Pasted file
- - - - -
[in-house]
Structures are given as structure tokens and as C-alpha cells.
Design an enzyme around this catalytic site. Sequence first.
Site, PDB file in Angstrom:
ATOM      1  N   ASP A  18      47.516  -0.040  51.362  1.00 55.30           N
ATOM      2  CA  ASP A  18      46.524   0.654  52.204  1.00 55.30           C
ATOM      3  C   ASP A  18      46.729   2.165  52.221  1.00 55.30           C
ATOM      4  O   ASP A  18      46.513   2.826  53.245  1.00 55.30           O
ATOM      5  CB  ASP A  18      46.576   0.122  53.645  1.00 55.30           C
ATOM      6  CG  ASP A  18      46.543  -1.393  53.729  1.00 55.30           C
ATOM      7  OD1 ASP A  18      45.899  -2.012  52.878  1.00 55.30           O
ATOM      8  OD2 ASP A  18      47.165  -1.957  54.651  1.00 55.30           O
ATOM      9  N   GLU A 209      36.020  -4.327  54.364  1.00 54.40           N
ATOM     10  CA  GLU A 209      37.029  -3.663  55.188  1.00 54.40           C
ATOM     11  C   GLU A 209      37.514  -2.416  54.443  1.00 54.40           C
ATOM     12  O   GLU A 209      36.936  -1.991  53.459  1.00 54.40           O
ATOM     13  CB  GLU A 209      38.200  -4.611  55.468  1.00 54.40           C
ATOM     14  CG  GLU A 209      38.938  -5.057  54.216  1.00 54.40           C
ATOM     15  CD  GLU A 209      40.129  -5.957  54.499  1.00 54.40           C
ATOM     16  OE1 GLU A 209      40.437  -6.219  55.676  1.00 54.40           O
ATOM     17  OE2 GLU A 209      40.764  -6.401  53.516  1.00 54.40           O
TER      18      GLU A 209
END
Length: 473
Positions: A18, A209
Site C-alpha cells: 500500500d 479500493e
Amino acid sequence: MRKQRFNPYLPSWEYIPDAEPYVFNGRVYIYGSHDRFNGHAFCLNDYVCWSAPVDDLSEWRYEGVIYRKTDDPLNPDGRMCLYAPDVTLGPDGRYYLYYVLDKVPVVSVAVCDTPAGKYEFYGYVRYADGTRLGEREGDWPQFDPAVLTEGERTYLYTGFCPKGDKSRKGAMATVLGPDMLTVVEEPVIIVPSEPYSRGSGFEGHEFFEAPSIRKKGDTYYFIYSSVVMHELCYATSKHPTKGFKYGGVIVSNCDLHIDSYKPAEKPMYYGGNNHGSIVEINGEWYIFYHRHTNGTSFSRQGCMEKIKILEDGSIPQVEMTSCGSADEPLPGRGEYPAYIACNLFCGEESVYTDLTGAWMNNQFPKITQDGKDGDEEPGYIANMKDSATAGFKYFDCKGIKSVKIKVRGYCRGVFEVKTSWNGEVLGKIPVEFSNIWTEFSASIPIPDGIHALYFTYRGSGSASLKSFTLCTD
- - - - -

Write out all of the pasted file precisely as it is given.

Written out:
[in-house]
Structures are given as structure tokens and as C-alpha cells.
Design an enzyme around this catalytic site. Sequence first.
Site, PDB file in Angstrom:
ATOM      1  N   ASP A  18      47.516  -0.040  51.362  1.00 55.30           N
ATOM      2  CA  ASP A  18      46.524   0.654  52.204  1.00 55.30           C
ATOM      3  C   ASP A  18      46.729   2.165  52.221  1.00 55.30           C
ATOM      4  O   ASP A  18      46.513   2.826  53.245  1.00 55.30           O
ATOM      5  CB  ASP A  18      46.576   0.122  53.645  1.00 55.30           C
ATOM      6  CG  ASP A  18      46.543  -1.393  53.729  1.00 55.30           C
ATOM      7  OD1 ASP A  18      45.899  -2.012  52.878  1.00 55.30           O
ATOM      8  OD2 ASP A  18      47.165  -1.957  54.651  1.00 55.30           O
ATOM      9  N   GLU A 209      36.020  -4.327  54.364  1.00 54.40           N
ATOM     10  CA  GLU A 209      37.029  -3.663  55.188  1.00 54.40           C
ATOM     11  C   GLU A 209      37.514  -2.416  54.443  1.00 54.40           C
ATOM     12  O   GLU A 209      36.936  -1.991  53.459  1.00 54.40           O
ATOM     13  CB  GLU A 209      38.200  -4.611  55.468  1.00 54.40           C
ATOM     14  CG  GLU A 209      38.938  -5.057  54.216  1.00 54.40           C
ATOM     15  CD  GLU A 209      40.129  -5.957  54.499  1.00 54.40           C
ATOM     16  OE1 GLU A 209      40.437  -6.219  55.676  1.00 54.40           O
ATOM     17  OE2 GLU A 209      40.764  -6.401  53.516  1.00 54.40           O
TER      18      GLU A 209
END
Length: 473
Positions: A18, A209
Site C-alpha cells: 500500500d 479500493e
Amino acid sequence: MRKQRFNPYLPSWEYIPDAEPYVFNGRVYIYGSHDRFNGHAFCLNDYVCWSAPVDDLSEWRYEGVIYRKTDDPLNPDGRMCLYAPDVTLGPDGRYYLYYVLDKVPVVSVAVCDTPAGKYEFYGYVRYADGTRLGEREGDWPQFDPAVLTEGERTYLYTGFCPKGDKSRKGAMATVLGPDMLTVVEEPVIIVPSEPYSRGSGFEGHEFFEAPSIRKKGDTYYFIYSSVVMHELCYATSKHPTKGFKYGGVIVSNCDLHIDSYKPAEKPMYYGGNNHGSIVEINGEWYIFYHRHTNGTSFSRQGCMEKIKILEDGSIPQVEMTSCGSADEPLPGRGEYPAYIACNLFCGEESVYTDLTGAWMNNQFPKITQDGKDGDEEPGYIANMKDSATAGFKYFDCKGIKSVKIKVRGYCRGVFEVKTSWNGEVLGKIPVEFSNIWTEFSASIPIPDGIHALYFTYRGSGSASLKSFTLCTD